Since it was founded in 2011, Christie Pits Film Festival has become a cornerstone of Toronto’s Bloor West neighbourhood, and a fixture of the city’s summer calendar. Here’s a snapshot of some of our most memorable nights over the years!
CPFF presents a programme called Eyes on the Prize - films about competition, camaraderie and the drive to win - for its seventh summer season!
CPFF celebrated its sixth season with an eclectic summer-long programme called Stranded in Christie Pits!
August 2, 2015
An epic storm brought down torrential rain and hail – and one of the park’s oldest trees – forcing a cancelled screening of Mean Girls. Undeterred, the rescheduled screening later that summer brought in a record 1400 attendees.
For its fifth anniversary season, CPFF grew to a full summer of great movies, with seven screenings and an average attendance of 1000 people each night. The 2015 Great Villains theme opened with an epic presentation of the silent horror classic Nosferatu with live musical score by local musicians Del Bel. This production was remounted for an encore presentation the following summer at Queensway Park, Etobicoke. Watch the full film with its new score!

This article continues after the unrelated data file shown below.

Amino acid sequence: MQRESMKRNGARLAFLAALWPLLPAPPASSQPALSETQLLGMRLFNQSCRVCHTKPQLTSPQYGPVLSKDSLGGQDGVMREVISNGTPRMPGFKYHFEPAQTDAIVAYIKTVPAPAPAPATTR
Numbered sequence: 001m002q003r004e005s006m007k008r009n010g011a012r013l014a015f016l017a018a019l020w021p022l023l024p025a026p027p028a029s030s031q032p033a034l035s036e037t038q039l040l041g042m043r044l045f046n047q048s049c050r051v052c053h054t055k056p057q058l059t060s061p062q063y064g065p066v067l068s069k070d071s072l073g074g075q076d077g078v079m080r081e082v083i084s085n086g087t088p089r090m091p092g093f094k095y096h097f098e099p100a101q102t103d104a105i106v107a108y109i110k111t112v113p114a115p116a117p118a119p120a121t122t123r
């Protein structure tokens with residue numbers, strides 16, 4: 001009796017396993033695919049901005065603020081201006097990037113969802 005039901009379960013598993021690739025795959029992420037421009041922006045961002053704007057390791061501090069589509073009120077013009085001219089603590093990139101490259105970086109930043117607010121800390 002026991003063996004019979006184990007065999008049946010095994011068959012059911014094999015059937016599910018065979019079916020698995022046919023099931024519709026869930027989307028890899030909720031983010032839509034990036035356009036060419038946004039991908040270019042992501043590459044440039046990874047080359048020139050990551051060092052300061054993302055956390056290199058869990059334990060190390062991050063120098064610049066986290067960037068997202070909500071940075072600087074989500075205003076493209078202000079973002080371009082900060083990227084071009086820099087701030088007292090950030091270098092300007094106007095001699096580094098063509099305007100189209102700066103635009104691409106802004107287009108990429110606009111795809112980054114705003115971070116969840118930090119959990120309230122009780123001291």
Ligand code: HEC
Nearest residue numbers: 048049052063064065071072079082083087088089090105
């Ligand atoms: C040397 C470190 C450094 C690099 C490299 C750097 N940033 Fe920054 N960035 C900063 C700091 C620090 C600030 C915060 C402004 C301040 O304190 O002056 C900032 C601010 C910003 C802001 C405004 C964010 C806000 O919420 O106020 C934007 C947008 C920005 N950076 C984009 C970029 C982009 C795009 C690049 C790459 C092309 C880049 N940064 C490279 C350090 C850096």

Christie Pits Film Festival is legally incorporated as a not-for-profit organization named Toronto Outdoor Picture Show.
The 2014 Days of Summer programme knocked it out of the park! CPFF opened with the cult classic A League Of Their Own to a record 1200 film-lovers, completely filling Christie Pits’ natural amphitheatre.
The 2013 programme, Hits in the Pits: The Rise and Fall of Great Bands, proved to be CPFF’s biggest hit yet. An average of 500 people came to the Pits each week.
July 29, 2012
CPFF’s screening of Cinema Paradiso – presented by annual sponsor Adrianne Parker, Re/Max – brought in a crowd of 500 attendees.
CPFF presented a 3-night programme called When We Were Young: Cinematic Tales of Youth and Growing Up, Under the Stars.
AUGUST 28, 2011
Christie Pits Film Festival presented its first screening, the Spielberg gem Catch Me If You Can, to a 100-person neighbourhood audience.